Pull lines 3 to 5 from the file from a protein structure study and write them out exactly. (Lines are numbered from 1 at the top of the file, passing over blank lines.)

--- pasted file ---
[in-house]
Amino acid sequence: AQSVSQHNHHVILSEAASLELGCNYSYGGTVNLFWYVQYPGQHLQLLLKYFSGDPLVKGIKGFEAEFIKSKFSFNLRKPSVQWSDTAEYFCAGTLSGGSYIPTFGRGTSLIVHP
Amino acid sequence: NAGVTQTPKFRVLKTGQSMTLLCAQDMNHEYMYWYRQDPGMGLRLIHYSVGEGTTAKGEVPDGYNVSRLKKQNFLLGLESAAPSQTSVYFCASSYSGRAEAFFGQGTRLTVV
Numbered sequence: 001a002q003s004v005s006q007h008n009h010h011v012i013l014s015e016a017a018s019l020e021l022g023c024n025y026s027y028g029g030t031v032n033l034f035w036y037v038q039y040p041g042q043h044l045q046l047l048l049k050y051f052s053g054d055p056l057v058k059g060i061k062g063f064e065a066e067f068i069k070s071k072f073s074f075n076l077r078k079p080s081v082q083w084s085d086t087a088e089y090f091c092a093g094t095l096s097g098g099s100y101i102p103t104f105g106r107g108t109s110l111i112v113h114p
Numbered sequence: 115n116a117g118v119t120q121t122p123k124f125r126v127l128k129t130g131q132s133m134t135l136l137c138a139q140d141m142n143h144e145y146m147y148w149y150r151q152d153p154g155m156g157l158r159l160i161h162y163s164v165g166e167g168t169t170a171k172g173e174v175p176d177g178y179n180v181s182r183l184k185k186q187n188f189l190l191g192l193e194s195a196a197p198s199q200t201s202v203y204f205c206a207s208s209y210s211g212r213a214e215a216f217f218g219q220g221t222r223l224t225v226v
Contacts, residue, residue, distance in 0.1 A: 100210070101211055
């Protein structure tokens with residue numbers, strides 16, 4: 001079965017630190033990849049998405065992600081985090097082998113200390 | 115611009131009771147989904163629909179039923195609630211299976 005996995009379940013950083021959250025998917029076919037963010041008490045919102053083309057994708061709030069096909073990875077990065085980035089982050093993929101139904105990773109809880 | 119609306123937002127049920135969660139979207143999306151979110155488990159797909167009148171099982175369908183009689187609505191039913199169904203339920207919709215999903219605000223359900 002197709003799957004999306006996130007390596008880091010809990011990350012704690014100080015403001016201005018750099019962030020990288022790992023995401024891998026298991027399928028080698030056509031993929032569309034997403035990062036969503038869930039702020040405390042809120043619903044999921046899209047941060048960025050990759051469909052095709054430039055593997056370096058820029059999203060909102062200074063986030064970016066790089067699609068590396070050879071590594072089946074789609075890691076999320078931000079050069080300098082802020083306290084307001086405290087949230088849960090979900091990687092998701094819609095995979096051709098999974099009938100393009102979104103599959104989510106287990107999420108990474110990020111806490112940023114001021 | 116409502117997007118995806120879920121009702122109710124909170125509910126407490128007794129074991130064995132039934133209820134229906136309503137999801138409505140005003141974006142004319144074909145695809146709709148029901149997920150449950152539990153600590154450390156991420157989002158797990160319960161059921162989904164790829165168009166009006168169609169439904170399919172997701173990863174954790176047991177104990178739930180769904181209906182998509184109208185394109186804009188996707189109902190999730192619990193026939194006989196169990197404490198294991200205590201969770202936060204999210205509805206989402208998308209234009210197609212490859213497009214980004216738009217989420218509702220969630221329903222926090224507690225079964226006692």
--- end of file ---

Amino acid sequence: NAGVTQTPKFRVLKTGQSMTLLCAQDMNHEYMYWYRQDPGMGLRLIHYSVGEGTTAKGEVPDGYNVSRLKKQNFLLGLESAAPSQTSVYFCASSYSGRAEAFFGQGTRLTVV
Numbered sequence: 001a002q003s004v005s006q007h008n009h010h011v012i013l014s015e016a017a018s019l020e021l022g023c024n025y026s027y028g029g030t031v032n033l034f035w036y037v038q039y040p041g042q043h044l045q046l047l048l049k050y051f052s053g054d055p056l057v058k059g060i061k062g063f064e065a066e067f068i069k070s071k072f073s074f075n076l077r078k079p080s081v082q083w084s085d086t087a088e089y090f091c092a093g094t095l096s097g098g099s100y101i102p103t104f105g106r107g108t109s110l111i112v113h114p
Numbered sequence: 115n116a117g118v119t120q121t122p123k124f125r126v127l128k129t130g131q132s133m134t135l136l137c138a139q140d141m142n143h144e145y146m147y148w149y150r151q152d153p154g155m156g157l158r159l160i161h162y163s164v165g166e167g168t169t170a171k172g173e174v175p176d177g178y179n180v181s182r183l184k185k186q187n188f189l190l191g192l193e194s195a196a197p198s199q200t201s202v203y204f205c206a207s208s209y210s211g212r213a214e215a216f217f218g219q220g221t222r223l224t225v226v